Canto XXXI of Dante’s Inferno stands as one of La Commedia Divina’s most famous, and studied passages. This is despite its relative tameness in comparison with the bulk of the Inferno: we are not given hordes of the wailing damned, nor lakes of boiling blood as we see in Violence, nor souls bound writhing in the eternal fire of Heresy. These elements are widely considered Inferno’s major attractions, at least to the initiate Dantisti, for their graphic depiction of sin and the appropriation of poetic justice. Nevertheless, Canto XXXI’s major attraction, and the item for which it receives special attention, is a single line:

“Raphèl mai amècche zabì almi”

(XXXI.67)

Almost always, this line appears the same in English as it does in Italian. Indeed, it would be unchanged in French, Spanish, and German. The line is spoken by one of the main exhibitions of Inferno XXXI, the giant Nimrod, who with Ephialtes, Antaeus, and a host of others, form a spectacular ring of mammoth bodies to surround the boundary between the eighth and ninth circles of Hell ― creating what is commonly known as the Well of Giants. This peculiar line has endured analysis (or rather provoked it) so ubiquitously due to the fact that it was designed to resist; put plainly, Nimrod is speaking utter gibberish.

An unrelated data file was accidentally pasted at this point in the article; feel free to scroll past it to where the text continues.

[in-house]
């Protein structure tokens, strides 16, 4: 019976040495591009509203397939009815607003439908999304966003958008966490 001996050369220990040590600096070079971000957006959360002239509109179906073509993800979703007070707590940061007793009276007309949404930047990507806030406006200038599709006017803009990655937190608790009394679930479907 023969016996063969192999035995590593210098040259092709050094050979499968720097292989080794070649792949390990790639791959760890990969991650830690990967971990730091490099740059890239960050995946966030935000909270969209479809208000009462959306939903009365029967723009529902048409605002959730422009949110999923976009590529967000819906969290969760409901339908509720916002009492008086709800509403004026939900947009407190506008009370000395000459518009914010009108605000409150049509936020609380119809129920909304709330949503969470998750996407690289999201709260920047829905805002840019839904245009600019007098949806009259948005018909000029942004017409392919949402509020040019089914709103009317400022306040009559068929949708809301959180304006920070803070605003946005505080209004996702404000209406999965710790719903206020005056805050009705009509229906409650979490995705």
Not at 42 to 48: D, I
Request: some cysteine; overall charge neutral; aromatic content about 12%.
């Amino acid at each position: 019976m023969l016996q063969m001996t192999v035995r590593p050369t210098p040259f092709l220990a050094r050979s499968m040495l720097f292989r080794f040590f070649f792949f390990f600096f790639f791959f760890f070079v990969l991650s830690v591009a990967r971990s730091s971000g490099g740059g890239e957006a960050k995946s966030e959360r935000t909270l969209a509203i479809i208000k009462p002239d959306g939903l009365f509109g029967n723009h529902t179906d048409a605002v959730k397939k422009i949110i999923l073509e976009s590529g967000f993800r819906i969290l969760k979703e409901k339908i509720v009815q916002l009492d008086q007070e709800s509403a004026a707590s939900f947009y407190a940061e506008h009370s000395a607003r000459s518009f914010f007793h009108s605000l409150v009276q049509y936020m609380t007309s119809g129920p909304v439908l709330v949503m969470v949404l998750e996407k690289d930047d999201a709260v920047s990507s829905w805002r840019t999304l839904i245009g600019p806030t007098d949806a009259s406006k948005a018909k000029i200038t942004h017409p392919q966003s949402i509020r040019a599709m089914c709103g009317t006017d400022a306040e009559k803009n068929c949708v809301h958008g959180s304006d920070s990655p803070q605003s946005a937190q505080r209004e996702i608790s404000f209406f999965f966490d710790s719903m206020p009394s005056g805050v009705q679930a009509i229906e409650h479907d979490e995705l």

This harks back to Nimrod’s Biblical significance. A “mighty hunter before the Lord”,[1] Hebrew and Christian tradition taught that King Nimrod led the people of Shinar in the construction of the Tower of Babel, a challenge to and affront before God. This resulted in the cataclysmic Confusion of Tongues, where the previously unified language of the world was irreparably dissipated and the people thus divided.

Nimrod’s symbolic purpose is straightforward in this case: he operates to demonstrate the folly of Man’s pride, specifically in the face of the Almighty. His poetic justice (contrapasso) comes in the manner of his linguistic disability and isolation. As Virgil states, Nimrod speaks in a language which only he can understand, and rebukes him with the stern advice that he would be better to simply blow his horn in an effort to communicate. Nimrod’s words therefore function within their own language system, a paradoxical statement which both denies Nimrod the interpersonal connection which is essential to language and further illustrates the tragedy of sin which the Inferno dramatises.

Dante’s plurilingualism is an aspect which underpins La Commedia throughout. For example, another famous piece of untranslatable Satanic gibberish comes from Pluto in Inferno VII: “Papé Satàn, papé Satàn aleppé” (VII.1). We can also find Nimrod’s linguistic counterpoint in the language of Paradiso, where Latin verse becomes increasingly prevalent, to the point where Dante’s final Canto opens with a Latin hymn to the Virgin Mary, with the perceived divinity of the poetry increasing as Dante approaches the ineffable vision of God. In contrast, the Well of Giants is located on the very edge of Treachery, the final circle of Hell within which Lucifer resides. The language descends into confusion and an inexpressible kind of madness, prefacing Lucifer’s ultimate sin of the war in Heaven. The giants are embedded in the ground from the waist down, functioning as a precursor to Lucifer’s portrayal, stuck in ice at the foot of Hell.